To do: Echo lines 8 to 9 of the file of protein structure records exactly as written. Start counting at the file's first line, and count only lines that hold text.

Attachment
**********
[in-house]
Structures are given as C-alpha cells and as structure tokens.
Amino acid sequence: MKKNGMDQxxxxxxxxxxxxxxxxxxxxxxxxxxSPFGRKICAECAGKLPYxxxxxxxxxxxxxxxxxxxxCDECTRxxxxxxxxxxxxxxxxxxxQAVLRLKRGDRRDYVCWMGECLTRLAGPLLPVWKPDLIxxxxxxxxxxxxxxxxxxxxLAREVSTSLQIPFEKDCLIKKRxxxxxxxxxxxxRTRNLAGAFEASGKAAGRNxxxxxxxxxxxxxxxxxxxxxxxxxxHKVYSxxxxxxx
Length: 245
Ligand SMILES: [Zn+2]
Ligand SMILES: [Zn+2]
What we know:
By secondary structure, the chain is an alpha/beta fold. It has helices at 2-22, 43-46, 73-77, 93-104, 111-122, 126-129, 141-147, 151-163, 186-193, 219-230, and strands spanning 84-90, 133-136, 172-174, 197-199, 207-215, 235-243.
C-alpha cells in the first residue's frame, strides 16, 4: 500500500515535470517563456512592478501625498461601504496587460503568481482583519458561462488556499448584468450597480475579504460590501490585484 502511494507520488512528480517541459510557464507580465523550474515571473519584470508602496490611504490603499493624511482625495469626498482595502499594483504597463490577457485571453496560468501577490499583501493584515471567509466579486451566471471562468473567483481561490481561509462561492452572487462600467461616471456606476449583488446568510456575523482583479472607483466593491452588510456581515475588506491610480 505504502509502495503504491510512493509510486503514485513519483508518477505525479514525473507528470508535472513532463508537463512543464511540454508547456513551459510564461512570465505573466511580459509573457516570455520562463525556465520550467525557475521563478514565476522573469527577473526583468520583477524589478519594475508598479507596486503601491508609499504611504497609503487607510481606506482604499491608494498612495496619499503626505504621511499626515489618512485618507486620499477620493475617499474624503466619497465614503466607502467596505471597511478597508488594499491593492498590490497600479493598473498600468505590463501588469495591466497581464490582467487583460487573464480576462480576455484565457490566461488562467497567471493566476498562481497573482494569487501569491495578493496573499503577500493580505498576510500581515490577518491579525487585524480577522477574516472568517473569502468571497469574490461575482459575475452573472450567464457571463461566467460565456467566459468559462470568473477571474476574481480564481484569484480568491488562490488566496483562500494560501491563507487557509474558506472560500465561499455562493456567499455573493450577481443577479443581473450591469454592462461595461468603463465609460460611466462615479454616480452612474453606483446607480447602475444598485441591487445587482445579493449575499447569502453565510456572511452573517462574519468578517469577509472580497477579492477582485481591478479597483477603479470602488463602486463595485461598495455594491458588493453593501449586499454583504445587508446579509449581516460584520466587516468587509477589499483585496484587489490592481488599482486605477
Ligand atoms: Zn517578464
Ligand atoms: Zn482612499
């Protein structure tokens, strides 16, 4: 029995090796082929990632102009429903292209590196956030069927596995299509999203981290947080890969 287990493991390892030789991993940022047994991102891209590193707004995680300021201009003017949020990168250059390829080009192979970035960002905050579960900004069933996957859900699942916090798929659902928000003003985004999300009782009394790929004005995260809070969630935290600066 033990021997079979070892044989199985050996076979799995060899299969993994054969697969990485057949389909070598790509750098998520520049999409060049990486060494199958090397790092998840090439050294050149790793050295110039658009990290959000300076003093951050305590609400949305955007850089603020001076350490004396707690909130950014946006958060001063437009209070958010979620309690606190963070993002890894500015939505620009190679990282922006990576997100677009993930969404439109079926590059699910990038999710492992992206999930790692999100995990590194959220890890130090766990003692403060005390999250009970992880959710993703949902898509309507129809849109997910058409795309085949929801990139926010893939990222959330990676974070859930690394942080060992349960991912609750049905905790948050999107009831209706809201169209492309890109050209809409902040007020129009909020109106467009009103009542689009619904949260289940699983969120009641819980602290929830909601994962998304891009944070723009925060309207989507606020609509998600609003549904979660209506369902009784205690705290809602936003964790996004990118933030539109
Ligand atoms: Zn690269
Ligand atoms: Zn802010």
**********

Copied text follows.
By secondary structure, the chain is an alpha/beta fold. It has helices at 2-22, 43-46, 73-77, 93-104, 111-122, 126-129, 141-147, 151-163, 186-193, 219-230, and strands spanning 84-90, 133-136, 172-174, 197-199, 207-215, 235-243.
C-alpha cells in the first residue's frame, strides 16, 4: 500500500515535470517563456512592478501625498461601504496587460503568481482583519458561462488556499448584468450597480475579504460590501490585484 502511494507520488512528480517541459510557464507580465523550474515571473519584470508602496490611504490603499493624511482625495469626498482595502499594483504597463490577457485571453496560468501577490499583501493584515471567509466579486451566471471562468473567483481561490481561509462561492452572487462600467461616471456606476449583488446568510456575523482583479472607483466593491452588510456581515475588506491610480 505504502509502495503504491510512493509510486503514485513519483508518477505525479514525473507528470508535472513532463508537463512543464511540454508547456513551459510564461512570465505573466511580459509573457516570455520562463525556465520550467525557475521563478514565476522573469527577473526583468520583477524589478519594475508598479507596486503601491508609499504611504497609503487607510481606506482604499491608494498612495496619499503626505504621511499626515489618512485618507486620499477620493475617499474624503466619497465614503466607502467596505471597511478597508488594499491593492498590490497600479493598473498600468505590463501588469495591466497581464490582467487583460487573464480576462480576455484565457490566461488562467497567471493566476498562481497573482494569487501569491495578493496573499503577500493580505498576510500581515490577518491579525487585524480577522477574516472568517473569502468571497469574490461575482459575475452573472450567464457571463461566467460565456467566459468559462470568473477571474476574481480564481484569484480568491488562490488566496483562500494560501491563507487557509474558506472560500465561499455562493456567499455573493450577481443577479443581473450591469454592462461595461468603463465609460460611466462615479454616480452612474453606483446607480447602475444598485441591487445587482445579493449575499447569502453565510456572511452573517462574519468578517469577509472580497477579492477582485481591478479597483477603479470602488463602486463595485461598495455594491458588493453593501449586499454583504445587508446579509449581516460584520466587516468587509477589499483585496484587489490592481488599482486605477